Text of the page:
Coalition pushes for tougher Michigan laws against distracted driving
Families impacted by distracted driving joined with advocacy groups Wednesday to announce the creation of a coalition aiming to make Michigan roads safer.
The Hands-Free Michigan Coalition said it wants to bring the public, businesses and safety groups and law enforcement together to combat crashes and injuries caused by distracted driving.
Fatal crashes in Michigan increased 12% in 2020 and are up nearly 15% this year to date, according to a press release from the Kiefer Foundation. Distracted driving is blamed as one factor in the accidents and deaths.
“We have been struck by the number of (distracted driving related) accidents,” said Steve Kiefer, father of 18-year-old Mitchel Kiefer, who was killed in 2016 by a distracted driver on Interstate 96. “It's estimated at least 10 people a day are killed — some estimate up to 50," he said, referring to national figures.
The Kiefer Foundation was founded in 2018 in the younger Kiefer’s memory with the hope of ending distracted driving related crashes with awareness, policy and technology.
Jennifer Smith of StopDistractions.org noted growing number of motorists are on social media, talking or playing games while driving, including some participating in Zoom meetings while on the road.
“With education and good laws and tough enforcement we can stop or reduce these crashes,” Smith said. “We’ve seen it work with seat belt use and drunk driving and it can do the same with distracted driving.
“We need everyone to help us," Smith said. "Our intent is not tickets and penalties. Our goal is to change behavior and save lives."
Ongoing discussions in Lansing involve broadening current restrictions to outlaw the use of phones while driving for everyone and increasing penalties for violations. Some advocates argue that Michigan's distracted driving laws lag laws in 24 other states requiring drivers' hands to always be free to operate a vehicle.
Since July 1, 2010, it has been illegal for a motorist to text while driving in Michigan. A first offense is punishable by a $100 fine and subsequent offenses by $200 fines. The only exceptions to the law are when a motorist is reporting an accident or medical emergency.
In 2013, Michigan drivers with Class 1 or 2 licenses or permits, normally under 18 years old, were prohibited from using a phone while driving in unless it is a voice activated system integrated into the vehicle. Drivers of commercial motor vehicles or school buses face penalties of $100 or more for using hand-held phones.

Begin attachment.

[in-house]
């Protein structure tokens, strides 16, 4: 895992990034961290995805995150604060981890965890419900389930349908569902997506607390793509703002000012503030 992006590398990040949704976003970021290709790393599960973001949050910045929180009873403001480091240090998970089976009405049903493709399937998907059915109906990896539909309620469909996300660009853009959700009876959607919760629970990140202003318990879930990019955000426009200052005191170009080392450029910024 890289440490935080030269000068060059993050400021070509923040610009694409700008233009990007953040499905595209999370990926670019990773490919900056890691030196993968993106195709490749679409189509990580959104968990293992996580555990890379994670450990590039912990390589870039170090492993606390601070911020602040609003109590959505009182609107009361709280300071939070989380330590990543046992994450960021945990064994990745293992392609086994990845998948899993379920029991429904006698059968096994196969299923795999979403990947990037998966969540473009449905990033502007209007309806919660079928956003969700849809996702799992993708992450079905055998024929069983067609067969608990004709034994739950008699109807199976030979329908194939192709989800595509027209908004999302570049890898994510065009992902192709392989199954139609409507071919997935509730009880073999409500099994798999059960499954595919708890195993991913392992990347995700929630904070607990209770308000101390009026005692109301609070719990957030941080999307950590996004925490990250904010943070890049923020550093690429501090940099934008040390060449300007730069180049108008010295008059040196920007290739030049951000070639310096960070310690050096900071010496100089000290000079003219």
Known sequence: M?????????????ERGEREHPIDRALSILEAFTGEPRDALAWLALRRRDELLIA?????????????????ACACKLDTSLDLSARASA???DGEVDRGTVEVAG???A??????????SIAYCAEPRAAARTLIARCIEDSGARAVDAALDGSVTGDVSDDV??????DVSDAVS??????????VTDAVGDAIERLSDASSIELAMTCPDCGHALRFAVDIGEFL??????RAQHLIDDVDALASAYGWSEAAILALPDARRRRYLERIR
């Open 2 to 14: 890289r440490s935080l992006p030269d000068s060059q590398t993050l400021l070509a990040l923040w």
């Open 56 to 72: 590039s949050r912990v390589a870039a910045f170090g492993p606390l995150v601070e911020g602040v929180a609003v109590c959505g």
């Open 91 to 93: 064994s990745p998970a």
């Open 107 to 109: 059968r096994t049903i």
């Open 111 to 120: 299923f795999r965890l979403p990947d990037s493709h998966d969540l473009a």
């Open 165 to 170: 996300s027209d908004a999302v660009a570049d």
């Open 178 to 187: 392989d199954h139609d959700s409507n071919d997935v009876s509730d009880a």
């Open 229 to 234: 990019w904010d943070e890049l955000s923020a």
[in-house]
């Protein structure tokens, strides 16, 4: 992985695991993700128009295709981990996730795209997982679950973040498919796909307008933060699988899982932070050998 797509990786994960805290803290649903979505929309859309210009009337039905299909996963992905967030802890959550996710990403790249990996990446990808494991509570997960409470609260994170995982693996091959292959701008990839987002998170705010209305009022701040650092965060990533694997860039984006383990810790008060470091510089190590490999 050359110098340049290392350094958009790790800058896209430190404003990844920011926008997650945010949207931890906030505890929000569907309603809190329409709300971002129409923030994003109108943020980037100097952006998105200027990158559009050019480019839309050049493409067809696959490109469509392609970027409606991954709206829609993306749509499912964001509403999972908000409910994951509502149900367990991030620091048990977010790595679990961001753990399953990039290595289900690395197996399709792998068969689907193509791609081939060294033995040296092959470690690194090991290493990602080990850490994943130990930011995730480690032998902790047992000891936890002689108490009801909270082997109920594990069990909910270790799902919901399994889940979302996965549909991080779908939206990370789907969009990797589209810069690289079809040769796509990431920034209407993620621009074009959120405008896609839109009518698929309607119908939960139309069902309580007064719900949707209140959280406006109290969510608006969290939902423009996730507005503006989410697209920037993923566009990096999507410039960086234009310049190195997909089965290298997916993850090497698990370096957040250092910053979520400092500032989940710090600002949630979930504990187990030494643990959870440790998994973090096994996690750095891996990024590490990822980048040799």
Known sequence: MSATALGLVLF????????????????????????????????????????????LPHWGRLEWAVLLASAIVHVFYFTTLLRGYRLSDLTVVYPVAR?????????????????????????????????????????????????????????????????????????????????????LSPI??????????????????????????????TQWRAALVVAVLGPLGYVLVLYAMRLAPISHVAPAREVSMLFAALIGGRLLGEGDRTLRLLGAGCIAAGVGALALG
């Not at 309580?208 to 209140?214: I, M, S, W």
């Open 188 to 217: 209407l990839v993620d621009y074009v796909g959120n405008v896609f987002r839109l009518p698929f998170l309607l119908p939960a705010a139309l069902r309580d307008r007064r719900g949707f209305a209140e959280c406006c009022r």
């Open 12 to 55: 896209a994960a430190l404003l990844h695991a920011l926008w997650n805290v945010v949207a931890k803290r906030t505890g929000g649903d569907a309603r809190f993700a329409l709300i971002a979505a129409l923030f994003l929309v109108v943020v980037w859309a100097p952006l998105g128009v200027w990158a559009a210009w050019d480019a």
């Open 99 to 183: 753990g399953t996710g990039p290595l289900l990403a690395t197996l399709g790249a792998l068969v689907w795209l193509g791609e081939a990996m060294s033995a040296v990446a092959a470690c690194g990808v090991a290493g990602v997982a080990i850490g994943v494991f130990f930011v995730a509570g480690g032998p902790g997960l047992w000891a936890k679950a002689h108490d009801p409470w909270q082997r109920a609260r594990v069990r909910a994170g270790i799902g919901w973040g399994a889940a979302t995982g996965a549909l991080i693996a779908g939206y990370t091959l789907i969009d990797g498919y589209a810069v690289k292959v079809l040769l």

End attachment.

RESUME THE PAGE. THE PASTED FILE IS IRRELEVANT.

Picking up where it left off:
In 2019, Battle Creek passed a city ordinance prohibiting the use of a hand-held cellphone by a driver.
Participating in a Wednesday Zoom press conference with Kiefer was Bonnie Raffaele, mother of Kelsey Dawn Raffaele, 17, who died in a January 2010 car crash while driving and talking on her cellphone. The KDR Challenge — Kelsey’s initials — is actually short for Kids Driving Responsibly, an effort founded by the Raffaeles to meet with teenagers and impress them of the need to not be distracted when driving.
“Kelsey was killed 11 years ago,” said Bonnie Raffaele. “I’ve been working ever since to get things moving in Michigan to stop such deaths.”
Her daughter was talking on a cell phone while driving when she was involved in an accident, Raffaele said.
“We were all out to stop texting because it is dangerous but so is talking on a phone,” said Raffaele, who estimates she has driven at least 6,500 miles to visit groups of teenagers at schools and elsewhere to discuss distracted driving.
She was largely responsibly for the passage of Kelsey’s law in 2013, making it illegal for young drivers to answer cellphones or make calls while driving a vehicle.
Another participant was Tammy Huffman, whose brother-in-law Arizona Police Officer Timothy Huffman who was killed at a May 2013 car crash scene when his police vehicle was slammed into by an 18-wheel truck driven by someone who was on Facebook at the time and unknowingly drove right through the crash scene.
“We didn’t have any distracted driver laws in Arizona at the time,” Huffman said. “It took a similar death of another police officer before one was enacted. We know these laws save lives. I want that kind of help here in Michigan.”